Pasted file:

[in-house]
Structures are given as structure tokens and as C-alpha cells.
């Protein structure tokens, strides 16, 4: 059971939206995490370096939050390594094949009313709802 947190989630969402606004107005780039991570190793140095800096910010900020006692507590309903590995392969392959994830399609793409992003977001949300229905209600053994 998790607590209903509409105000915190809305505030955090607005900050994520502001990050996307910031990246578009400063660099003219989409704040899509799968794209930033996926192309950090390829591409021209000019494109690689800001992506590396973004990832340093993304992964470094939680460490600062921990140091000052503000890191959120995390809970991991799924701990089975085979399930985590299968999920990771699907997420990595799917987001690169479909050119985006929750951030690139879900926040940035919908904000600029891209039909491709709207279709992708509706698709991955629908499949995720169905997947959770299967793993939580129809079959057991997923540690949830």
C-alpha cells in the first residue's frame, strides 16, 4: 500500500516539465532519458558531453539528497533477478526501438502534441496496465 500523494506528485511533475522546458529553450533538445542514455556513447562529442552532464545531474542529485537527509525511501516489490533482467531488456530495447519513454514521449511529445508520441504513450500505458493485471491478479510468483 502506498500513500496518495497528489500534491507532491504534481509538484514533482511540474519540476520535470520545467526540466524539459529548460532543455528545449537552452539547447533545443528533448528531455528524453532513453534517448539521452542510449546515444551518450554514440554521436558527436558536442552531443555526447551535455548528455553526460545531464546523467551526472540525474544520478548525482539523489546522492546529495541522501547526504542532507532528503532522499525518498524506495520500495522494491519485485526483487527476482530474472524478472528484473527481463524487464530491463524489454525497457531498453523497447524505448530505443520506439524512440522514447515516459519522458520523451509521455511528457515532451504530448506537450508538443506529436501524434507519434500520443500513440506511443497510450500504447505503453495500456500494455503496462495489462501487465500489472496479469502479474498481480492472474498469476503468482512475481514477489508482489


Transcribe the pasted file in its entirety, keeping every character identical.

[in-house]
Structures are given as structure tokens and as C-alpha cells.
């Protein structure tokens, strides 16, 4: 059971939206995490370096939050390594094949009313709802 947190989630969402606004107005780039991570190793140095800096910010900020006692507590309903590995392969392959994830399609793409992003977001949300229905209600053994 998790607590209903509409105000915190809305505030955090607005900050994520502001990050996307910031990246578009400063660099003219989409704040899509799968794209930033996926192309950090390829591409021209000019494109690689800001992506590396973004990832340093993304992964470094939680460490600062921990140091000052503000890191959120995390809970991991799924701990089975085979399930985590299968999920990771699907997420990595799917987001690169479909050119985006929750951030690139879900926040940035919908904000600029891209039909491709709207279709992708509706698709991955629908499949995720169905997947959770299967793993939580129809079959057991997923540690949830």
C-alpha cells in the first residue's frame, strides 16, 4: 500500500516539465532519458558531453539528497533477478526501438502534441496496465 500523494506528485511533475522546458529553450533538445542514455556513447562529442552532464545531474542529485537527509525511501516489490533482467531488456530495447519513454514521449511529445508520441504513450500505458493485471491478479510468483 502506498500513500496518495497528489500534491507532491504534481509538484514533482511540474519540476520535470520545467526540466524539459529548460532543455528545449537552452539547447533545443528533448528531455528524453532513453534517448539521452542510449546515444551518450554514440554521436558527436558536442552531443555526447551535455548528455553526460545531464546523467551526472540525474544520478548525482539523489546522492546529495541522501547526504542532507532528503532522499525518498524506495520500495522494491519485485526483487527476482530474472524478472528484473527481463524487464530491463524489454525497457531498453523497447524505448530505443520506439524512440522514447515516459519522458520523451509521455511528457515532451504530448506537450508538443506529436501524434507519434500520443500513440506511443497510450500504447505503453495500456500494455503496462495489462501487465500489472496479469502479474498481480492472474498469476503468482512475481514477489508482489